• Unrealistic standards for ourselves. Sometimes we put undue pressure on ourselves and end up failing as a result. But God doesn’t hold us to standards we can’t meet. He sees us as His beloved sons and daughters.

  • Sense of guilt. Some have decided they don’t deserve to succeed. They don’t feel worthy, often because of statements their parents made about their potential, or because they carry guilt from their past. Remember that our Lord is gracious, not because anyone deserves it, but because of His character.

  • An erroneous idea of God. Perhaps they see Him as a harsh taskmaster, or one who is keeping score on religious activities to see if they are doing enough. These people live in fear that if they don’t achieve a certain man-made standard, God will remove blessings.

  • Attitudes from childhood. Sometimes even wellmeaning parents contribute to a sense of fear or insecurity by the way they run the household or how they instruct children to serve God. Also, if Mom and Dad are too busy for them, kids can unintentionally receive the message that they aren’t worth much.

What are the consequences of these fears?

  • Clouded judgment. It’s hard to make decisions when we are reasoning in fear.

  • Lack of productivity. Indecision, poor judgment, and fear of failure can complicate issues.

  • Persecution attitude. Fears can contribute to a person perceiving rejection or unfair treatment where there is little or none.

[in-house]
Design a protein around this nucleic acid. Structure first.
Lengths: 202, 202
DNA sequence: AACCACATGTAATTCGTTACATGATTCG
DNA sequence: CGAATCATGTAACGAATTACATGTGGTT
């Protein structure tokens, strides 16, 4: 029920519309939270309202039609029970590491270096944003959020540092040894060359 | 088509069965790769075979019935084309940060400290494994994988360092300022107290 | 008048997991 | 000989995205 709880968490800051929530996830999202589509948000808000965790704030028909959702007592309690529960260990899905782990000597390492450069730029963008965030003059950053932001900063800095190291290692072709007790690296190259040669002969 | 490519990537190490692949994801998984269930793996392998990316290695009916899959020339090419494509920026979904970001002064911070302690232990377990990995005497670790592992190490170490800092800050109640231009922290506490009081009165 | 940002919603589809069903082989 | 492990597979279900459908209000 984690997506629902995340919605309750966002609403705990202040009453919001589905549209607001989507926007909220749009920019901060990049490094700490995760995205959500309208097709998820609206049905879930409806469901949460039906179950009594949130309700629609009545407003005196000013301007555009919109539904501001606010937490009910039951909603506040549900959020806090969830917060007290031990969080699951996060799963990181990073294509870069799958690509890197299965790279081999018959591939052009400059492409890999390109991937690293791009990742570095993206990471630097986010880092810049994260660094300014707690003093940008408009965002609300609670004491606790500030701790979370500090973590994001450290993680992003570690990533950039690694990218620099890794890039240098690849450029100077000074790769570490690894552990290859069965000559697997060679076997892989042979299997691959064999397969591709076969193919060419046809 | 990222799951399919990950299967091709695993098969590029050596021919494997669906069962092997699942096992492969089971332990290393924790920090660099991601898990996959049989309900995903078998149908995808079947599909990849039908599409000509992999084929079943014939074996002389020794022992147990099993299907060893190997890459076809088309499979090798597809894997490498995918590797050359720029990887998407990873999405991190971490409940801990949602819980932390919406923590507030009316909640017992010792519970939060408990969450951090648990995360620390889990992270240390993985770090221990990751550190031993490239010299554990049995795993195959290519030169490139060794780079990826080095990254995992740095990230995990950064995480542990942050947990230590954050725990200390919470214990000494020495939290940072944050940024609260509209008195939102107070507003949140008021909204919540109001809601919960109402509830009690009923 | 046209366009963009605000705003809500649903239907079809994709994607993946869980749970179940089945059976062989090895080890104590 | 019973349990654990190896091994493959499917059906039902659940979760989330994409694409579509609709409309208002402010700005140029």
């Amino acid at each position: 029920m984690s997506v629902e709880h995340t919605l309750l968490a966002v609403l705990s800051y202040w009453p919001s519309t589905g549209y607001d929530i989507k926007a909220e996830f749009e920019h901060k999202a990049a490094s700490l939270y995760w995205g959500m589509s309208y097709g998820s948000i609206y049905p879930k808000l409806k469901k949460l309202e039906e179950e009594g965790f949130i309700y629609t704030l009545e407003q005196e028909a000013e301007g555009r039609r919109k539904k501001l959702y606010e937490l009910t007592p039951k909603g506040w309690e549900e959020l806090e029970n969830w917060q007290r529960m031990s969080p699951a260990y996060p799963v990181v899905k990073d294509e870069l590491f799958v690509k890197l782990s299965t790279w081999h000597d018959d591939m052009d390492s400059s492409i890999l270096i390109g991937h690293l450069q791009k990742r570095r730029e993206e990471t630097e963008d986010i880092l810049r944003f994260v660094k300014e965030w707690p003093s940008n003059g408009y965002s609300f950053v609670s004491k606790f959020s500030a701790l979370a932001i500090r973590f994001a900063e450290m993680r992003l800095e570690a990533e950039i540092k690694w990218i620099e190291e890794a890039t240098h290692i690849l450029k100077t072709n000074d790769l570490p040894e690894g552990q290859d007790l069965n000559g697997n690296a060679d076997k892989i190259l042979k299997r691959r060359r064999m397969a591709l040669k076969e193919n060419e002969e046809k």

• Drug and alcohol abuse. Constant anxiety can become an excuse to misuse substances that lead to addiction.

  • Hindrance in their relationship with God. They may believe the lie that they don’t measure up spiritually, so He wouldn’t want a relationship with them.

  • Attempts to blame others. Insecure people often attack others for their problems instead of seeking emotional healing.

How can we deal with fear?

  • Recognize it.Identify what is triggering the problem so you can deal with the source of it.

  • Relationship to Christ. Make sure you have accepted Jesus Christ as your personal Savior. If so, you are kept by His grace and not your performance. God has your circumstances under control: “He who listens to me shall live securely and will be at ease from the dread of evil” (Prov. 1:33).

  • Recorder. Notice what thoughts are causing anxiety and determine their source. Often, something a parent said is the root, but there can be other sources, such as a spouse or teacher. Reject the lies of that repetitive thought.

  • Rebuke it. As God’s child, you can rebuke the spirit of fear, knowing it is not from God (2 Tim. 1:7).

  • Refocus your attention. As you reach for the anchor of the Scripture, your attention shifts from your circumstance to God’s goodness and sovereign control. Fears disappear in the presence of the Lord.


  • Remember a time you felt insecure or afraid, changed your thinking to agree with biblical truth, and saw good fruit from that decision. What happened? What might have gone differently if you had given in to doubts?

  • Do you struggle with feelings of unworthiness or guilt? Remember that you are God’s beloved child and He desires to give you an abundant life in Christ. Choose one lie that holds you back and seek to identify its source. Ask the Father to break that thought pattern and give you peace and success in that area of your life.

  • What verse can encourage you when old fears rise up to discourage you from trusting God and walking in confidence?